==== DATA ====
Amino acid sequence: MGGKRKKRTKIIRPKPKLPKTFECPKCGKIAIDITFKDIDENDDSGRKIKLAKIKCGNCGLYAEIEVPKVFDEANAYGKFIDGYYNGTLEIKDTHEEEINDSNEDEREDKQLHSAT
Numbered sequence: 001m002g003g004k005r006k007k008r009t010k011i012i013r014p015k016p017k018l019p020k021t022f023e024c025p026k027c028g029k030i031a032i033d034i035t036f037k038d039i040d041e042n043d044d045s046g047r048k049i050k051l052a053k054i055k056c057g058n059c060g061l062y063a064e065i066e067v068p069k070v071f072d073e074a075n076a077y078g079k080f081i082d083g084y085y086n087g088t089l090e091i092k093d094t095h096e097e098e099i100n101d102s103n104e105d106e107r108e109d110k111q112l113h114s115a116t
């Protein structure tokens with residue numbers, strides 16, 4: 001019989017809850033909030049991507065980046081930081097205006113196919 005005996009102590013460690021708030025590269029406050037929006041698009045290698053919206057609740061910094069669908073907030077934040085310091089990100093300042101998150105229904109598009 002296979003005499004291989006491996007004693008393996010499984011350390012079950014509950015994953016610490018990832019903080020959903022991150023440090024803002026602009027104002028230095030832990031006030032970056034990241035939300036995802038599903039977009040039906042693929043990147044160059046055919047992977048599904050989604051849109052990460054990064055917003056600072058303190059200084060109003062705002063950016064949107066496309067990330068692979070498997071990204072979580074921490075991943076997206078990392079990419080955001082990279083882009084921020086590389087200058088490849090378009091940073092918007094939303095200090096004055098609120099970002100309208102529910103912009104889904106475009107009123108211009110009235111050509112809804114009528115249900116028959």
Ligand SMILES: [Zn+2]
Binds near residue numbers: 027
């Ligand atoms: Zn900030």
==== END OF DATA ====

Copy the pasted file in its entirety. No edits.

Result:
Amino acid sequence: MGGKRKKRTKIIRPKPKLPKTFECPKCGKIAIDITFKDIDENDDSGRKIKLAKIKCGNCGLYAEIEVPKVFDEANAYGKFIDGYYNGTLEIKDTHEEEINDSNEDEREDKQLHSAT
Numbered sequence: 001m002g003g004k005r006k007k008r009t010k011i012i013r014p015k016p017k018l019p020k021t022f023e024c025p026k027c028g029k030i031a032i033d034i035t036f037k038d039i040d041e042n043d044d045s046g047r048k049i050k051l052a053k054i055k056c057g058n059c060g061l062y063a064e065i066e067v068p069k070v071f072d073e074a075n076a077y078g079k080f081i082d083g084y085y086n087g088t089l090e091i092k093d094t095h096e097e098e099i100n101d102s103n104e105d106e107r108e109d110k111q112l113h114s115a116t
């Protein structure tokens with residue numbers, strides 16, 4: 001019989017809850033909030049991507065980046081930081097205006113196919 005005996009102590013460690021708030025590269029406050037929006041698009045290698053919206057609740061910094069669908073907030077934040085310091089990100093300042101998150105229904109598009 002296979003005499004291989006491996007004693008393996010499984011350390012079950014509950015994953016610490018990832019903080020959903022991150023440090024803002026602009027104002028230095030832990031006030032970056034990241035939300036995802038599903039977009040039906042693929043990147044160059046055919047992977048599904050989604051849109052990460054990064055917003056600072058303190059200084060109003062705002063950016064949107066496309067990330068692979070498997071990204072979580074921490075991943076997206078990392079990419080955001082990279083882009084921020086590389087200058088490849090378009091940073092918007094939303095200090096004055098609120099970002100309208102529910103912009104889904106475009107009123108211009110009235111050509112809804114009528115249900116028959």
Ligand SMILES: [Zn+2]
Binds near residue numbers: 027
């Ligand atoms: Zn900030």